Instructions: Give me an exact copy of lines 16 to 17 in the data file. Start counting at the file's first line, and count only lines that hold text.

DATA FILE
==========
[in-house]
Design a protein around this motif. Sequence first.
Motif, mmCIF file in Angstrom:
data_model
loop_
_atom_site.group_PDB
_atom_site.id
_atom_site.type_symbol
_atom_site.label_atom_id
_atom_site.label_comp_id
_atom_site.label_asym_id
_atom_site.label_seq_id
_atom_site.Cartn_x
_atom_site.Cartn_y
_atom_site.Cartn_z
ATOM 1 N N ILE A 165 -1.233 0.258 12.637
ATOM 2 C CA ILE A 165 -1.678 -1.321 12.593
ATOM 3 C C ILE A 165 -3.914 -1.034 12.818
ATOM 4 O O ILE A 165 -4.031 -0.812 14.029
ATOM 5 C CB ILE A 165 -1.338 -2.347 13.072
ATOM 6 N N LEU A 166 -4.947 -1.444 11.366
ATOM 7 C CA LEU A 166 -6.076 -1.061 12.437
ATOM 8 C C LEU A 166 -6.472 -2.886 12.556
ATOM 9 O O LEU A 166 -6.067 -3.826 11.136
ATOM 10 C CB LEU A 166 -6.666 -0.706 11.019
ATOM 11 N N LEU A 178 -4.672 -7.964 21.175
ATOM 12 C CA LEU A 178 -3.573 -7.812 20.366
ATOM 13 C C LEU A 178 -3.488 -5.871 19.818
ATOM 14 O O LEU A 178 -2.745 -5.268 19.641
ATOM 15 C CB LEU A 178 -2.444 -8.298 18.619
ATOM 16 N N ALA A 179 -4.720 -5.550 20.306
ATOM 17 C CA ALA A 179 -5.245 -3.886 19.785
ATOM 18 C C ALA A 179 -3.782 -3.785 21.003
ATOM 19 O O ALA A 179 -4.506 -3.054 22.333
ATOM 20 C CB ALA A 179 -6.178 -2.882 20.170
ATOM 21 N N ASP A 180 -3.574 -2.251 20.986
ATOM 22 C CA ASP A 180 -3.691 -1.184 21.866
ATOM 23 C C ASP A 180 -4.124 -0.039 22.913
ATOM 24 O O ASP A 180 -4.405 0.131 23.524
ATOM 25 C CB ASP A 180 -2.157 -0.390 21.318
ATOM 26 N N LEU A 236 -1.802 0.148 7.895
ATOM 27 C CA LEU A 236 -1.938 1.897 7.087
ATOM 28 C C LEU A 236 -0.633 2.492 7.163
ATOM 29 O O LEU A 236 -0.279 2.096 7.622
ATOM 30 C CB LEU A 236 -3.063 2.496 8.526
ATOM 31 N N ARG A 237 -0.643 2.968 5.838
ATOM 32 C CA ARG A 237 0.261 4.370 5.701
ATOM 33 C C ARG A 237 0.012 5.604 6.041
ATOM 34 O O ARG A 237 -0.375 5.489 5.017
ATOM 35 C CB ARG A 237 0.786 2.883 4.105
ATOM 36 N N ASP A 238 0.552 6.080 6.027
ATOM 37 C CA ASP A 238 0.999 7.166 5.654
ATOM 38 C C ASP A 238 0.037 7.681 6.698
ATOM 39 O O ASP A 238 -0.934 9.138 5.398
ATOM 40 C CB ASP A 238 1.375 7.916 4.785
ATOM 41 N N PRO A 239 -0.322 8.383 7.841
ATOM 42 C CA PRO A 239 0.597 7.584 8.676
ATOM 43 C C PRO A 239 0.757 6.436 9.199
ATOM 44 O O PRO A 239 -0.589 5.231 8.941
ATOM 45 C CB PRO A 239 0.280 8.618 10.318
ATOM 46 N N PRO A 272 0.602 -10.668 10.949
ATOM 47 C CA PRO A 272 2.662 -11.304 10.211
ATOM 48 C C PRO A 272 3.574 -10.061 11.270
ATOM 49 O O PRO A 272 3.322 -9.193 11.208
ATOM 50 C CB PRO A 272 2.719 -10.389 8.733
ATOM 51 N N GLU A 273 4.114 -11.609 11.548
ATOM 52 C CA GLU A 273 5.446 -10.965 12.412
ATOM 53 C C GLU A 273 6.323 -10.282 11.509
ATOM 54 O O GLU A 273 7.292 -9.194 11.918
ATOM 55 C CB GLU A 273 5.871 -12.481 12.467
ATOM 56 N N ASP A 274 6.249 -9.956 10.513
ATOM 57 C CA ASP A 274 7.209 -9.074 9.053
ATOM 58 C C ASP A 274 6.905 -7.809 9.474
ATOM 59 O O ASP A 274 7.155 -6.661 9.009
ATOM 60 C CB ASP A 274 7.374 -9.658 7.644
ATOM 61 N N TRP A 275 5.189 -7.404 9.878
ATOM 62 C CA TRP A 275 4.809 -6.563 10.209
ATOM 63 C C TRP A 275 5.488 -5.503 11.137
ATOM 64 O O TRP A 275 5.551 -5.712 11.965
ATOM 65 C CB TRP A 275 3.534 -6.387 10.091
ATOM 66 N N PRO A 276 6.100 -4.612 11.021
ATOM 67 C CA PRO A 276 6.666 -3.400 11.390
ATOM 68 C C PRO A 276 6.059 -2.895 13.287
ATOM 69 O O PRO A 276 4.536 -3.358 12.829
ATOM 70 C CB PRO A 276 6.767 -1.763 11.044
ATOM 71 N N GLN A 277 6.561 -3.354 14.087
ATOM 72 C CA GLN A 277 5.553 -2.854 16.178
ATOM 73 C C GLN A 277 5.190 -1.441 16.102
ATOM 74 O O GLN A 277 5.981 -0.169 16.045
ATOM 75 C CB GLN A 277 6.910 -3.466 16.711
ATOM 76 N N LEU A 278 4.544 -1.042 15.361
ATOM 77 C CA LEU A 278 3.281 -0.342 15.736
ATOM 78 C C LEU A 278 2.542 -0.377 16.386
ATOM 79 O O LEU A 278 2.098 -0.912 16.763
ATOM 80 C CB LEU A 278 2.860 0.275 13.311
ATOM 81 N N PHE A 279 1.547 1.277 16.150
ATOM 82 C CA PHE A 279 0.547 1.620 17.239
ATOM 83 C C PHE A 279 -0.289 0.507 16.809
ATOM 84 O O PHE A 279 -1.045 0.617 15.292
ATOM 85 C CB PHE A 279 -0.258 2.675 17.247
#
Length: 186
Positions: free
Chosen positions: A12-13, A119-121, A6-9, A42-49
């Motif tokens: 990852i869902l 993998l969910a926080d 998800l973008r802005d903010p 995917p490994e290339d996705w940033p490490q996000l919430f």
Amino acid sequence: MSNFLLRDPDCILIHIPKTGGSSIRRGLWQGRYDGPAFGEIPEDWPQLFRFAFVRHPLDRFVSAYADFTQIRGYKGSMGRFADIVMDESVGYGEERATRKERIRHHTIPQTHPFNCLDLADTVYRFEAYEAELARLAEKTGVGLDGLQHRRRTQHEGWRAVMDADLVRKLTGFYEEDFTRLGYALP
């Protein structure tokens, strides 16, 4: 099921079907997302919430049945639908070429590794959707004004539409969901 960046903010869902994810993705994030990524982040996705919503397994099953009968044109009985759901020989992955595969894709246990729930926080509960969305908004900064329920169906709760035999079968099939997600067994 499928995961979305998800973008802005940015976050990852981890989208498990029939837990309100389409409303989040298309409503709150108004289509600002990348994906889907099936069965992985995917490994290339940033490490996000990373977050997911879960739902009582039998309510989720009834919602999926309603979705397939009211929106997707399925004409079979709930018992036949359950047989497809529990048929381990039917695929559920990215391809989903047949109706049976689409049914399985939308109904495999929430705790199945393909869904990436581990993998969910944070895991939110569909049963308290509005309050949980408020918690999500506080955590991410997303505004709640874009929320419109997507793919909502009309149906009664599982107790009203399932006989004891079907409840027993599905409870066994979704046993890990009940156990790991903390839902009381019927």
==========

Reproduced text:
ATOM 1 N N ILE A 165 -1.233 0.258 12.637
ATOM 2 C CA ILE A 165 -1.678 -1.321 12.593